Gina Milo can never be accused of forgetting her roots. After growing up in Island Park and Long Beach, the multi-talented actress attended Long Island High School for the Arts in Syosset.
One Broadway show (“Les Miserables”) and a long list of high-profile tours and regional productions later, Milo continues to return to her Long Island roots. Whether she is performing at benefits for LIHSA, starring in a musical at John W. Engeman Theater in Northport, or grabbing a slice at Gino’s in Long Beach, there is no question that Milo is a Long Islander at heart.
She returns to the Engeman this season with “Annie,” a show that holds special meaning for her and her three-year-old aspiring performer daugher, Olivia.
“Annie is really special because Olivia is at an age where sharing it with her means more,” says Milo, who previously worked on the national tour of “Annie,” among other productions of the beloved musical. “Before now, she took in my shows but they weren’t really appropriate for her. Annie is perfect for her age, and making it extra special is that we get to do it with her godmother [director and choreographer Antoinette DiPietropolo] and at a theaterthat she basically grew up in while I did other shows [“Plaza Suite, The Performers,” “A Christmas Story: The Musical”] there.”
Milo is stepping into the shoes of a villain for the first time as Lily St. Regis, whom Milo describes as the “epitome of selfish.” Though some of her characters have dabbled on the dark side, Milo is excited to play her first bad guy.
“It’s fun to find another level in me,” she says of the challenge. “It’s like having another flavor of ice cream. I’ve been having a lot of really delicious chocolate chip, but it’s fun to have a devil’s food cake because I normally don’t get to have it.” Milo credits some of the fun to her fellow baddies. “My Rooster [Jon Peterson] and Miss Hannigan [Lynn Andrews] are so yummy to be villainous with. I couldn’t have asked for better people to conspire with. We’re a good trio.”
The multi-talented performer’s first memory of appreciating “Annie” was when she watched the film at a young age at home. “It goes so deep for me with Annie,” she says of how it had an impact on her development in the entertainment business.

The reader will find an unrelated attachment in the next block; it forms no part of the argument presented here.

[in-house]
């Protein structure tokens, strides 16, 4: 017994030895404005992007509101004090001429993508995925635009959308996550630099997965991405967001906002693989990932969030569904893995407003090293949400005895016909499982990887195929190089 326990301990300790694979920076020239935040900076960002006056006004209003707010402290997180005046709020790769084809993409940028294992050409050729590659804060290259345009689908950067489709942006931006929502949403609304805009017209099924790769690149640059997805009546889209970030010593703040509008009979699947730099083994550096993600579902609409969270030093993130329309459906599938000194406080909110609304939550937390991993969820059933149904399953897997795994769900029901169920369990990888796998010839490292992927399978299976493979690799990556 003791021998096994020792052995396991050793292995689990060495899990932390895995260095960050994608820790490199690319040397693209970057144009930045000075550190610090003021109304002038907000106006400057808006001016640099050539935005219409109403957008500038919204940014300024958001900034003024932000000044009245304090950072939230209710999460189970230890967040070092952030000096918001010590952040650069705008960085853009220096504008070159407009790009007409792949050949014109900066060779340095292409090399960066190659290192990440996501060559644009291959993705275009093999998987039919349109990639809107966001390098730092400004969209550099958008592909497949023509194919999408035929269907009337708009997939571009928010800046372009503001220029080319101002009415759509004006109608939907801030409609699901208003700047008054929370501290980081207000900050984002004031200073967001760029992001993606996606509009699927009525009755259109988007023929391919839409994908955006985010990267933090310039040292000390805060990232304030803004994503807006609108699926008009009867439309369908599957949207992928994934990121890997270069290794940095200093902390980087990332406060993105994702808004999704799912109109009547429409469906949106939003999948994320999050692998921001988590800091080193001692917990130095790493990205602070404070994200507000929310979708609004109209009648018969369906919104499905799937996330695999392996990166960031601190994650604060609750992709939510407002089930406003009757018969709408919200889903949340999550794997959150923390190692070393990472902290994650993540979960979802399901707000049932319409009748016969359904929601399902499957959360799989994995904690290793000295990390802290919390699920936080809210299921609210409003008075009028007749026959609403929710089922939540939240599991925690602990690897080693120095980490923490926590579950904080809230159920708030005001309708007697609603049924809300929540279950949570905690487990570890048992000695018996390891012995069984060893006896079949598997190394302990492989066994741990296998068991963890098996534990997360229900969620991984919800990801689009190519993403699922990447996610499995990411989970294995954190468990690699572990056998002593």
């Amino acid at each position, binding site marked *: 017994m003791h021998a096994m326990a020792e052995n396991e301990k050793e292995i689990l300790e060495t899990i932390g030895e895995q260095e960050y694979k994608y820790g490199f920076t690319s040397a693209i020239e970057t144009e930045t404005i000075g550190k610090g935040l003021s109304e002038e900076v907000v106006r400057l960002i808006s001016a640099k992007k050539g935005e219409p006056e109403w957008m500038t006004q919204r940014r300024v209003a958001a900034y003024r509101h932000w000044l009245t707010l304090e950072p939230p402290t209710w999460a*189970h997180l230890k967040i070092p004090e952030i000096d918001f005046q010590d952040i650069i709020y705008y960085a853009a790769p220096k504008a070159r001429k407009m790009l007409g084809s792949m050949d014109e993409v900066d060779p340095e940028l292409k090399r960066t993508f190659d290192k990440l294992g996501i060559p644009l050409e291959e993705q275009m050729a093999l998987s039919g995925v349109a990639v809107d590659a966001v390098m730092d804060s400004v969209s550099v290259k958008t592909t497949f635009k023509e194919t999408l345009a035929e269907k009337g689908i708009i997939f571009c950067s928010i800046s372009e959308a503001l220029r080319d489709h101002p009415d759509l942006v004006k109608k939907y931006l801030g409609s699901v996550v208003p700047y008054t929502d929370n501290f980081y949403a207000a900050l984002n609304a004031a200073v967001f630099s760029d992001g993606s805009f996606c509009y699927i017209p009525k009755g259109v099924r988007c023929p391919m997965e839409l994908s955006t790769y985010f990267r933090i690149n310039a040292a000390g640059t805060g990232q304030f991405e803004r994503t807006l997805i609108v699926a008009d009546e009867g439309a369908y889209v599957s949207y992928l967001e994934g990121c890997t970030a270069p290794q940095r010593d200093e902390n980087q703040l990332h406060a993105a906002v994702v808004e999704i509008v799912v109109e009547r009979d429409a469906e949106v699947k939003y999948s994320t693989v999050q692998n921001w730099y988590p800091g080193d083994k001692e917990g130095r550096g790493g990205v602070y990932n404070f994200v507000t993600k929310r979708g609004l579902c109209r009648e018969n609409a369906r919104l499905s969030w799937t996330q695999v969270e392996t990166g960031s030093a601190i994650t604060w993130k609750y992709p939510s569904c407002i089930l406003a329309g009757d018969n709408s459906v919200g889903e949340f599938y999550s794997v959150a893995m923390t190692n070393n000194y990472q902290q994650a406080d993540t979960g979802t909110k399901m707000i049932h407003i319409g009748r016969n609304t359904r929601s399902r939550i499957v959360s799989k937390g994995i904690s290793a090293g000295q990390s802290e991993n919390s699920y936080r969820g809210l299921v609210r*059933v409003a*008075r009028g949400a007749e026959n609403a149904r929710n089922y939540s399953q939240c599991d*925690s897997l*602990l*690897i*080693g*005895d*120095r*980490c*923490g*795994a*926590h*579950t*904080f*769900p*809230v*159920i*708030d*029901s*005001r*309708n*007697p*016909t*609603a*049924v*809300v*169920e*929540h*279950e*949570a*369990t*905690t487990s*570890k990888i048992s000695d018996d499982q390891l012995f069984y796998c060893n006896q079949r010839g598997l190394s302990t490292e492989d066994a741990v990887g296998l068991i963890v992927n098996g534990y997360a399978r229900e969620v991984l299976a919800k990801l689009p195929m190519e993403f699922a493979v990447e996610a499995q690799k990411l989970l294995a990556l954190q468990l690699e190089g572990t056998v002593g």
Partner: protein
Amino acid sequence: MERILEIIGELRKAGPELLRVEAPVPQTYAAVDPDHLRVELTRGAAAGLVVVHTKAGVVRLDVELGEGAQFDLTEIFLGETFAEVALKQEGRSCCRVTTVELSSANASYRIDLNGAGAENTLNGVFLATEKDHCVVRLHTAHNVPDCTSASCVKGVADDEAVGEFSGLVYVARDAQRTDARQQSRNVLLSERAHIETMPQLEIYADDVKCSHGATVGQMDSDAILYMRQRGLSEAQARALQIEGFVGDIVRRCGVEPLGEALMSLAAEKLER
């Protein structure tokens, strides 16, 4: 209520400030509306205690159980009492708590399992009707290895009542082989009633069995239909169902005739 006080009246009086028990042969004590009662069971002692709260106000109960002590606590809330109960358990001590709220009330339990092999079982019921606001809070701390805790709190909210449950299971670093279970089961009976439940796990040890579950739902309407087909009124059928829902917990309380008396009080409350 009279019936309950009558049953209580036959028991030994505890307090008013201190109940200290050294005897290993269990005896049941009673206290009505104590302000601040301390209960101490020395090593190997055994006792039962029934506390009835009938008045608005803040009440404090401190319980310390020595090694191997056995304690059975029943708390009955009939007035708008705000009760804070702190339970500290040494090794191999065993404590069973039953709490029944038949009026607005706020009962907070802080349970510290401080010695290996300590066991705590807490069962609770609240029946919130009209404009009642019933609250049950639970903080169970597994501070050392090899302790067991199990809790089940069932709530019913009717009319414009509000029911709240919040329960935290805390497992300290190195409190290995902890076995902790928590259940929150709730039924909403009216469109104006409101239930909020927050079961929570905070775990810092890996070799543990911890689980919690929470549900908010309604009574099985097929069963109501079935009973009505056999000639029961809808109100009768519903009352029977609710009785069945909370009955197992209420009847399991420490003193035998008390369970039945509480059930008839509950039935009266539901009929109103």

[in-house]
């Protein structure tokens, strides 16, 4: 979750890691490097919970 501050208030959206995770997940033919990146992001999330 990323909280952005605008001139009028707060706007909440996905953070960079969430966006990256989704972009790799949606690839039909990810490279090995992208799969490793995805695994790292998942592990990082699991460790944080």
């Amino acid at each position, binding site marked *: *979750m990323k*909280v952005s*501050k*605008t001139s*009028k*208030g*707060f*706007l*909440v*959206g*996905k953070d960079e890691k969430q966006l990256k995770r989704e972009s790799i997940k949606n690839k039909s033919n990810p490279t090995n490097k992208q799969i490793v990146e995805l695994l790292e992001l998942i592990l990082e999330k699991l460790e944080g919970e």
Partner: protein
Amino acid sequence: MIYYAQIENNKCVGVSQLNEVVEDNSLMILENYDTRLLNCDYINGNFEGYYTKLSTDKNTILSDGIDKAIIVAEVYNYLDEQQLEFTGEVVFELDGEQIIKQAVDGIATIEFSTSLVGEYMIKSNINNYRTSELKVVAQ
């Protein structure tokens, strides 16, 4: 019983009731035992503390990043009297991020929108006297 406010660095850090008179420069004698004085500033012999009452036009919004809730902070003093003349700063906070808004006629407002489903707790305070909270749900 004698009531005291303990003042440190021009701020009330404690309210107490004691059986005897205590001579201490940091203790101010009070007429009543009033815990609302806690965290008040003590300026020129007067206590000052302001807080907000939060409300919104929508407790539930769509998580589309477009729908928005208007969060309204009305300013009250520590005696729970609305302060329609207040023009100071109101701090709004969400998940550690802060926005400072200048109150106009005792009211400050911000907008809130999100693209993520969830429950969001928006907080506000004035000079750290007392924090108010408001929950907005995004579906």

“It was the first musical I saw on Broadway. I was so ungrateful because I was obsessed with the movie and was fixating on all of the differences. My dad didn’t take me to another musical for a long time. He was like, ‘Well, this was not worth it,’” she laughs. “I remember I spent literally months, if not years, in my bedroom singing ‘Tomorrow’ and ‘Maybe,’ so this is really special for me to get to do again.”
As if this production didn’t already hold enough meaning for Milo, the fact that she is near her old stomping grounds for the holidays is an added bonus. Her mother still resides in Island Park, and when Milo visits they always head to Marvel Frozen Dairy in Long Beach. When she drives past East Elementary School in Long Beach and Lincoln Orens Middle School in Island Park, she is reminded about why she first started to perform.
“I didn’t know how I wanted to be a singer until Kate Conzone put me in “Les Mierables” in the junior high school play,” she says.
In fact, Conzone can still be found changing lives at Lincoln Orens, where she continues to teach. “She came to see me in “Hairspray” at the Engeman and I wept when I saw her,” recalls Milo. Another perk of being near her hometown is returning to the beach to wax nostalgic. Upon visiting LIHPA last summer to teach a master class, Milo remembers crying “like a baby.” “It was so emotional. It was full circle to be back and helping the kids.”
As for her own child, Olivia has certainly won over the hearts of all of Annie’s orphans, with whom she can be found playing during intermission. Olivia also demonstrates a passion for her mother’s work through the way she is quietly transfixed by Milo’s stage presence.
“She sat very quietly on Antoinette’s lap during tech,” says Milo. “She’s such a theater pro. It was amazing. I’m down in my dressing room and all of a sudden I hear, ‘Mommy to the stage!’ on the microphone. It was her young voice telling me to come to the stage. I died.”
Perhaps a Long island duet is down the pipeline?
Annie is running now through Dec. 31. To purchase tickets, visit www.engemantheater.com or call 631-261-2900.